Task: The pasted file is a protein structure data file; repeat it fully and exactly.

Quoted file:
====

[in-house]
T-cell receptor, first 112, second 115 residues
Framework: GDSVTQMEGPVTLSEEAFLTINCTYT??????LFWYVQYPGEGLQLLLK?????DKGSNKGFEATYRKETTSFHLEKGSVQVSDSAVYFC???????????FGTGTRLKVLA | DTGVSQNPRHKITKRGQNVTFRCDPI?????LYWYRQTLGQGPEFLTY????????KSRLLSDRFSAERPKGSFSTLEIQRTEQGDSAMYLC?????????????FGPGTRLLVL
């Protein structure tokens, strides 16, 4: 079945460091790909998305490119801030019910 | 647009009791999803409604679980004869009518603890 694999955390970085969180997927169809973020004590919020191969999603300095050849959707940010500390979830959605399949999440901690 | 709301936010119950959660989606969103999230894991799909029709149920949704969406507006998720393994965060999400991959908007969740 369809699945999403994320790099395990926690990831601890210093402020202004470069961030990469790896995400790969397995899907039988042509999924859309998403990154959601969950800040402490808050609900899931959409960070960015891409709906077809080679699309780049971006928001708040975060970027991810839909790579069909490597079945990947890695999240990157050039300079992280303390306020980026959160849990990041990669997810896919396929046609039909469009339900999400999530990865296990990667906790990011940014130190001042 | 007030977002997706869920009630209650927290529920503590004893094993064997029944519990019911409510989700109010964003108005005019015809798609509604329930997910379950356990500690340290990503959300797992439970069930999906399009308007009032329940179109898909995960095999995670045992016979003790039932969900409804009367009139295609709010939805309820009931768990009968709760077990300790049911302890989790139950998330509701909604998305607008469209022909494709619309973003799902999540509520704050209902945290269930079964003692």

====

[in-house]
T-cell receptor, first 112, second 115 residues
Framework: GDSVTQMEGPVTLSEEAFLTINCTYT??????LFWYVQYPGEGLQLLLK?????DKGSNKGFEATYRKETTSFHLEKGSVQVSDSAVYFC???????????FGTGTRLKVLA | DTGVSQNPRHKITKRGQNVTFRCDPI?????LYWYRQTLGQGPEFLTY????????KSRLLSDRFSAERPKGSFSTLEIQRTEQGDSAMYLC?????????????FGPGTRLLVL
């Protein structure tokens, strides 16, 4: 079945460091790909998305490119801030019910 | 647009009791999803409604679980004869009518603890 694999955390970085969180997927169809973020004590919020191969999603300095050849959707940010500390979830959605399949999440901690 | 709301936010119950959660989606969103999230894991799909029709149920949704969406507006998720393994965060999400991959908007969740 369809699945999403994320790099395990926690990831601890210093402020202004470069961030990469790896995400790969397995899907039988042509999924859309998403990154959601969950800040402490808050609900899931959409960070960015891409709906077809080679699309780049971006928001708040975060970027991810839909790579069909490597079945990947890695999240990157050039300079992280303390306020980026959160849990990041990669997810896919396929046609039909469009339900999400999530990865296990990667906790990011940014130190001042 | 007030977002997706869920009630209650927290529920503590004893094993064997029944519990019911409510989700109010964003108005005019015809798609509604329930997910379950356990500690340290990503959300797992439970069930999906399009308007009032329940179109898909995960095999995670045992016979003790039932969900409804009367009139295609709010939805309820009931768990009968709760077990300790049911302890989790139950998330509701909604998305607008469209022909494709619309973003799902999540509520704050209902945290269930079964003692």